Format

Send to

Choose Destination
Mol Cell. 2017 Jan 5;65(1):39-51. doi: 10.1016/j.molcel.2016.11.002.

In Vivo Cleavage Map Illuminates the Central Role of RNase E in Coding and Non-coding RNA Pathways.

Author information

1
Institute of Molecular Infection Biology, University of Würzburg, 97080 Würzburg, Germany.
2
Institute of Molecular Infection Biology, University of Würzburg, 97080 Würzburg, Germany; Core Unit Systems Medicine, University of Würzburg, 97080 Würzburg, Germany.
3
Alberta RNA Research and Training Institute, Department of Chemistry and Biochemistry, University of Lethbridge, Lethbridge, Alberta T1K 3M4, Canada.
4
Laboratory of Structural Biochemistry, Freie Universität Berlin, 14195 Berlin, Germany.
5
Institute of Molecular Infection Biology, University of Würzburg, 97080 Würzburg, Germany; Department of Biology I, Microbiology, Ludwig-Maximilians-Universität Munich, 82152 Martinsried, Germany.
6
Max Planck Genome Centre Cologne, Max Planck Institute for Plant Breeding Research, 50829 Cologne, Germany.
7
Department of Biochemistry, University of Cambridge, Cambridge CB2 1GA, UK.
8
Institute of Molecular Infection Biology, University of Würzburg, 97080 Würzburg, Germany; Helmholtz Institute for RNA-based Infection Research (HIRI), 97080 Würzburg, Germany. Electronic address: joerg.vogel@uni-wuerzburg.de.

Abstract

Understanding RNA processing and turnover requires knowledge of cleavages by major endoribonucleases within a living cell. We have employed TIER-seq (transiently inactivating an endoribonuclease followed by RNA-seq) to profile cleavage products of the essential endoribonuclease RNase E in Salmonella enterica. A dominating cleavage signature is the location of a uridine two nucleotides downstream in a single-stranded segment, which we rationalize structurally as a key recognition determinant that may favor RNase E catalysis. Our results suggest a prominent biogenesis pathway for bacterial regulatory small RNAs whereby RNase E acts together with the RNA chaperone Hfq to liberate stable 3' fragments from various precursor RNAs. Recapitulating this process in vitro, Hfq guides RNase E cleavage of a representative small-RNA precursor for interaction with a mRNA target. In vivo, the processing is required for target regulation. Our findings reveal a general maturation mechanism for a major class of post-transcriptional regulators.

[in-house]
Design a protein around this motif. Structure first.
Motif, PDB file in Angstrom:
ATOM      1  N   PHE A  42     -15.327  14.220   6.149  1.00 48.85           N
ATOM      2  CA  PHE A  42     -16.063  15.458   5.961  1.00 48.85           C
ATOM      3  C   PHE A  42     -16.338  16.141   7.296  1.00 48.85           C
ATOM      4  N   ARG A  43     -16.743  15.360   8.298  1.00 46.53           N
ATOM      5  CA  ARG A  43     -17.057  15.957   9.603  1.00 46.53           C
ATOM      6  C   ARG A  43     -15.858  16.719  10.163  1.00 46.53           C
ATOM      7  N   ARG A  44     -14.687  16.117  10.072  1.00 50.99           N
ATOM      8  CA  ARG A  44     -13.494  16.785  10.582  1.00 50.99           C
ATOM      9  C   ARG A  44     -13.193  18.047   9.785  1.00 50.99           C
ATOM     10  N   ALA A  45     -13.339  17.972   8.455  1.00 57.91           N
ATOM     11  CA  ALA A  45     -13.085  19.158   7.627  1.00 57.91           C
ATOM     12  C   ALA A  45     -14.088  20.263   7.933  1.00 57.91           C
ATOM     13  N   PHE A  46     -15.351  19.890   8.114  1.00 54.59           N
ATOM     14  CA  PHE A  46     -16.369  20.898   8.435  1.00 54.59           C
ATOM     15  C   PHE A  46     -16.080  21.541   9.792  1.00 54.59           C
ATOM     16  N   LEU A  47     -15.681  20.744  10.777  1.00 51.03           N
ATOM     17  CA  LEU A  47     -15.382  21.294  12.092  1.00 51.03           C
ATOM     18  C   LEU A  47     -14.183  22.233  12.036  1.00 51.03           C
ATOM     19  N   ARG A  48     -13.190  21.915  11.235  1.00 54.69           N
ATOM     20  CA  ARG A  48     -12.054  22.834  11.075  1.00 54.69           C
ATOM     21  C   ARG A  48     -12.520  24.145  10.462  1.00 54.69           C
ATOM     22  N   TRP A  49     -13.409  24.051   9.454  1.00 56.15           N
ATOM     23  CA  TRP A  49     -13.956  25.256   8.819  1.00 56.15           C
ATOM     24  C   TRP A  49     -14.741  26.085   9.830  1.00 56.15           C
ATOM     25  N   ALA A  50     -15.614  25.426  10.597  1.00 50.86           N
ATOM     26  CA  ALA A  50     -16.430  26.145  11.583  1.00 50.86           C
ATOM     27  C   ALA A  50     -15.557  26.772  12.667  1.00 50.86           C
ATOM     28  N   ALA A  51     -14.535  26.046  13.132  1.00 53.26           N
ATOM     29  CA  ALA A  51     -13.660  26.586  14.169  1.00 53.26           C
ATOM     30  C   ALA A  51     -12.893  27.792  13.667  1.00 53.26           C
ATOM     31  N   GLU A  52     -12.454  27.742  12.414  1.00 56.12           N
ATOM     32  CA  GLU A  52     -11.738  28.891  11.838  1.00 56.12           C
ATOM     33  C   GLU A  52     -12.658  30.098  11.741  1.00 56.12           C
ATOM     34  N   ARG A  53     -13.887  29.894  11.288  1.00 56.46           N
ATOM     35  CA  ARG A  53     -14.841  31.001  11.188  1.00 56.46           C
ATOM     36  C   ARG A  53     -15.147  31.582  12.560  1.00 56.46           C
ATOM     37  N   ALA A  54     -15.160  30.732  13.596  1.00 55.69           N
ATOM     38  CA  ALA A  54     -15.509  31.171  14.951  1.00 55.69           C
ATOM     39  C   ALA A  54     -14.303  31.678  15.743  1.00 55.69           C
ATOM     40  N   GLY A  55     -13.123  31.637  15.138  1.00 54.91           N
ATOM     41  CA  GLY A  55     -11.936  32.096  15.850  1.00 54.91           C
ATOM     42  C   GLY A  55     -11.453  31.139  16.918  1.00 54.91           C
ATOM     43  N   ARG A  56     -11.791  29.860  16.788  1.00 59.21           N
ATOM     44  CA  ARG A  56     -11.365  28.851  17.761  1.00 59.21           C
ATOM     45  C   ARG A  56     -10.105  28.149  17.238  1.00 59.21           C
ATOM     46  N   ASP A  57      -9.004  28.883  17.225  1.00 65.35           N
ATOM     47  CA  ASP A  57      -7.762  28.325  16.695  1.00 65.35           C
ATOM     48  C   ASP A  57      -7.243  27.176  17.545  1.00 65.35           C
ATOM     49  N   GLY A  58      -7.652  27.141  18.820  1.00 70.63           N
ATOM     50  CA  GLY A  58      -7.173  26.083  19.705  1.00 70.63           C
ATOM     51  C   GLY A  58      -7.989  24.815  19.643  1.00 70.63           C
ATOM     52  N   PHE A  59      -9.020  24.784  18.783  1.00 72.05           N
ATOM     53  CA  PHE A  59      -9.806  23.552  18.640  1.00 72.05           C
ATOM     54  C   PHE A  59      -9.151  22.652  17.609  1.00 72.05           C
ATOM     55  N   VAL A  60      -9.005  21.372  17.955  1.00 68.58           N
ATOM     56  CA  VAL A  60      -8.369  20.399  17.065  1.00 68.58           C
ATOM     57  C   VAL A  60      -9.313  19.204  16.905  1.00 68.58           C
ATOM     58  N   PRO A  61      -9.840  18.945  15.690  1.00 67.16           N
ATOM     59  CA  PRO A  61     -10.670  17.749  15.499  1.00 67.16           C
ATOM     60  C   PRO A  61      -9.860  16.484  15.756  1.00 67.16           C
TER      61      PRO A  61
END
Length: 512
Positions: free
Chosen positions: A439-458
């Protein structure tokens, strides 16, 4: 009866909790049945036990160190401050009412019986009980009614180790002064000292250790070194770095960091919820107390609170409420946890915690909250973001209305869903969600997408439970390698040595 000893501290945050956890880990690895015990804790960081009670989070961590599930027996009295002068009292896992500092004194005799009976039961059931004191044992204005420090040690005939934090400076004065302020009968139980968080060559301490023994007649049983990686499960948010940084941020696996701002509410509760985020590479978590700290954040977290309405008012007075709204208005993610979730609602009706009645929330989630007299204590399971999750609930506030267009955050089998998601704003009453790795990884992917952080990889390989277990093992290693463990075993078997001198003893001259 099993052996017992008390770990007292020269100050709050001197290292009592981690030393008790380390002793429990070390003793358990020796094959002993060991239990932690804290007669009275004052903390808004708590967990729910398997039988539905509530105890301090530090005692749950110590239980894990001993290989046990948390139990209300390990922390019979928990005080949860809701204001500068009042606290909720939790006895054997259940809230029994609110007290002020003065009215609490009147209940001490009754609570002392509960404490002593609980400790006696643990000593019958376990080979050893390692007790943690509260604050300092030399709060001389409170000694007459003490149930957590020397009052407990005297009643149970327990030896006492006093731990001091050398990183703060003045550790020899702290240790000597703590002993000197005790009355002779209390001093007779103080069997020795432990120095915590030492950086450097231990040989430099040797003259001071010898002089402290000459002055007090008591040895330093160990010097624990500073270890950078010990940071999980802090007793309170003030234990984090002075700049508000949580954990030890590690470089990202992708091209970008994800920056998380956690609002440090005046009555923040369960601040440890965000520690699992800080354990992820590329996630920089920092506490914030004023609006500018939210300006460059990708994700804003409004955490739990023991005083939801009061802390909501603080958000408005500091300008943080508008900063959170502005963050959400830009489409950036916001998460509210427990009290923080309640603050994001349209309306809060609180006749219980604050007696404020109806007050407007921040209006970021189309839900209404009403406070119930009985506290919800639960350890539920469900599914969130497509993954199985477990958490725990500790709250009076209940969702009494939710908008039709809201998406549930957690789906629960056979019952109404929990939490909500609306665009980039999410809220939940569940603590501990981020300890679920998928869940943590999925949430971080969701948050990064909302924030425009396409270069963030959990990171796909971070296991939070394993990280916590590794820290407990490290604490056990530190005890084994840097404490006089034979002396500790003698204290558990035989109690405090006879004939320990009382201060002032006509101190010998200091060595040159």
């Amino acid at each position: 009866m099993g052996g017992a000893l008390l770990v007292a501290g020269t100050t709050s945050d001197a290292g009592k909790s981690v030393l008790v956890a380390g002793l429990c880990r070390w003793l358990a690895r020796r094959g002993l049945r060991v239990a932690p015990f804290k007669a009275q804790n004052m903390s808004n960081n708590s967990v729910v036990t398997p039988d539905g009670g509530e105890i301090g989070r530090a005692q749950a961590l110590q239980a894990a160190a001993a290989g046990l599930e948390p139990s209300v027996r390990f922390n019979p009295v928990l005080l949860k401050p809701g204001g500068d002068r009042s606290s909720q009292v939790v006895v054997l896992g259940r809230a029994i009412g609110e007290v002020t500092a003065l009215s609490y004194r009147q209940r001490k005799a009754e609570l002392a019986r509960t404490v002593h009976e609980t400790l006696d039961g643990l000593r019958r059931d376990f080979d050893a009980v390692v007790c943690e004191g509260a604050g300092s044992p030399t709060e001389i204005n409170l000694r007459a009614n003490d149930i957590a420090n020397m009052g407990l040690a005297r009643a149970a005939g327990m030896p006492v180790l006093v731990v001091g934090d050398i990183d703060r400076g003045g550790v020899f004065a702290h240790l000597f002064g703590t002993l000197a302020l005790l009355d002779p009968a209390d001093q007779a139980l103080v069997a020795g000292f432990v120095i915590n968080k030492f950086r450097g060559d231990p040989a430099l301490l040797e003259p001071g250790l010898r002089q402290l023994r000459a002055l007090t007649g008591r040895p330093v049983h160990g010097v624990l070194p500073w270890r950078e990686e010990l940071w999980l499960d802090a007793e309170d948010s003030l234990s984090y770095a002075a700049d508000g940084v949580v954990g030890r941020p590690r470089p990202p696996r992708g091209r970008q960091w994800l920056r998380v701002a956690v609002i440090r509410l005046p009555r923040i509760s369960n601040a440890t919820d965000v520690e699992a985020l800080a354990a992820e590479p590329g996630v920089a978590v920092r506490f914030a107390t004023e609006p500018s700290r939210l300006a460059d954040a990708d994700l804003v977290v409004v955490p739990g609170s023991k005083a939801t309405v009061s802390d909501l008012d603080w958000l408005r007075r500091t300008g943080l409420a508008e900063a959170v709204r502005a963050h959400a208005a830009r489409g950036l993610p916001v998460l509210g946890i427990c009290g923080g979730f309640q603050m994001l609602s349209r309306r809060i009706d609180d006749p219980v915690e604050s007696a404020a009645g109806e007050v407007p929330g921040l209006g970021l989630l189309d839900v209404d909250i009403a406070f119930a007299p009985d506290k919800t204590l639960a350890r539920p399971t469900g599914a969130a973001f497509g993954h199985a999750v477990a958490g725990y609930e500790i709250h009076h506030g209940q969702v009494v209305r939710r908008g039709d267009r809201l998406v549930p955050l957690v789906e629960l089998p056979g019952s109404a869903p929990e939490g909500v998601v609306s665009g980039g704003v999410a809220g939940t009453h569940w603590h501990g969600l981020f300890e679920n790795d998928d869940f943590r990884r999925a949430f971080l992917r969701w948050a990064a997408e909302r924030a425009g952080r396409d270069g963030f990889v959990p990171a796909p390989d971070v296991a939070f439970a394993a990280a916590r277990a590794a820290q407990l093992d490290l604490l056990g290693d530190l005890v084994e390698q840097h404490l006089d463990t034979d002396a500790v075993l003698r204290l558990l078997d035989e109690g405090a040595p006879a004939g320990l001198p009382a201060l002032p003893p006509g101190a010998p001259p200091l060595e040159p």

KEYWORDS:

3′ UTR; ArcZ; Hfq; RNA degradome; RNase E; RprA; TIER-seq; non-coding RNA; sRNA maturation; uridine ruler

PMID:
28061332
PMCID:
PMC5222698
DOI:
10.1016/j.molcel.2016.11.002
[Indexed for MEDLINE]
Free PMC Article

Supplemental Content

Full text links

Icon for Elsevier Science Icon for PubMed Central
Loading ...
Support Center